Neural Tube Defects
Neural tube defects (NTDs): CNS malformations due to abnormalities of neural tube closure during early embryonic development that can be either open or closed defects. Spina bifida (SB) is a term referring to a subset of NTDs involving the spinal cord and means “spine split in two.”
- Anencephaly: due to failed closure of rostral neural tube with total or partial absence of cranial vault and cerebral hemispheres
- Encephalocele: partial failure of rostral neural tube closure
- Abnormal brain tissue protrudes through a skull defect usually covered by skin.
- 70–80% are occipital; 20% are frontal.
- 10–20% of occipital defects are meningoceles and contain no brain tissue.
- Open SB: Exposed neural tissue and membranes protrude through a bony defect.
- Due to failure of primary neural tube closure during the 3rd and 4th weeks after fertilization
- Includes myelomeningocele (MMC) and myeloschisis
- MMC: open NTD of the spine, most common type of SB, and characterized by herniation of dysplastic spinal cord and meninges through a posterior vertebral column defect
- Closed SB: Often referred to as occult spinal dysraphism (OSD). Theorized to be due to defects of secondary neurulation; less common than open NTDs
- Often not diagnosed at birth
- Skin-covered lesions
- Wide spectrum of defects including lipomyelomeningocele, dermal sinus tracts, diastematomyelia (split cord malformations), myelocystocele, other tumors and cysts of the cord, and congenital spinal cord tethering
- NTDs affect ~1 in 1,000 established pregnancies worldwide, with significant geographic variation.
- In the United States, birth prevalence has been decreasing due to periconceptional supplementation with folic acid, food fortification, as well as prenatal diagnosis and termination of pregnancy.
- Centers for Disease Control and Prevention (CDC) data from 2004 to 2006 showed 0.64 NTDs per 1,000 births (~2,660 cases per year), with 54% classified as SB, 32% anencephaly, and 13% encephalocele.
Most NTDs are due to the interaction of genetic, environmental, and dietary risk factors.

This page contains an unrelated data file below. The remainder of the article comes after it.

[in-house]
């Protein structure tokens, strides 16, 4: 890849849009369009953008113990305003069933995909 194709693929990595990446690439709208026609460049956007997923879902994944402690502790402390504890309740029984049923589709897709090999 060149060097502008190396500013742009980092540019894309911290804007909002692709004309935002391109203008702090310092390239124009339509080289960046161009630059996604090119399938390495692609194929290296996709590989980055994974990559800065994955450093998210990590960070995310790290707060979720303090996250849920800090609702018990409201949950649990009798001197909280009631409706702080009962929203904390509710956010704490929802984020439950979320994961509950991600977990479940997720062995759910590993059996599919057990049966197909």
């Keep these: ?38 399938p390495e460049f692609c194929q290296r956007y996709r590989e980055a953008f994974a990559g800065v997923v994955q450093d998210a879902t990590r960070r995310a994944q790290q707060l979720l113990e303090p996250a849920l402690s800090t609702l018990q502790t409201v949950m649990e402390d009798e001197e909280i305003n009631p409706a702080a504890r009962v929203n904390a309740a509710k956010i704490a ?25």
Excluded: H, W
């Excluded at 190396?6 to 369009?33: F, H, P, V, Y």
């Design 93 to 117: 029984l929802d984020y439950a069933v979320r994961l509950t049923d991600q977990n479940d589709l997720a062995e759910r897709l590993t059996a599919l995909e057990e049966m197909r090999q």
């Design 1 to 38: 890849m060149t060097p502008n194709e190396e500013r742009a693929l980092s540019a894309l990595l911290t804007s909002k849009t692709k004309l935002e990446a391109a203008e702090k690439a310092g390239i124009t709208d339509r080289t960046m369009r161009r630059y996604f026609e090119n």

- Variants of multiple genes probably confer some increased genetic susceptibility.
- Maternal nutrition and dietary factors, including inadequate maternal folic acid intake
- Maternal diabetes mellitus
- Maternal obesity
- Maternal use of valproic acid (10 times risk), carbamazepine, or alcohol during pregnancy
- Maternal exposure to hyperthermia during early pregnancy (e.g., sauna, hot tub, fever)
- Prior pregnancy with NTD
- A specific genetic cause is not found for most NTDs.
- Positive family history in ~5% NTD cases
- After one child with an NTD, the recurrence rate is 2–5% for subsequent pregnancies.
- A chromosomal or cytogenetic abnormality found only in ~10% of isolated NTDs; higher percentage in those with multiple congenital anomalies
- NTDs are common in trisomy 13 and 18 and can be seen with duplications and deletions.
- Found in single gene disorders or syndromes (e.g., Meckel, Waardenburg, 22q11 deletion syndromes)
- A number of candidate risk factor genes have been studied; the most implicated are those in the folate one-carbon metabolic pathway.
- A homozygous 677C > T mutation of the methylenetetrahydrofolate reductase (MTHFR) gene in mother or child is associated with ~1.8 times increased risk.
- Periconceptual folic acid supplementation has the potential to reduce NTDs by 50–70%.
- Because many pregnancies are not identified until after neural tube closure occurs and because >50% of pregnancies are unplanned, the CDC recommends that all women of childbearing age receive a minimum of 0.4 mg (400 mcg) of folic acid daily.
- Women at high risk (prior pregnancy with NTD, on valproic acid, etc.) should take high-dose folic acid (4 mg daily), starting 1 month before and through the first 3 months of pregnancy.
- If taking valproic acid, consider switching to alternative medication during pregnancy.
Commonly Associated Conditions
- MMC is virtually always associated with some malformation of the brain.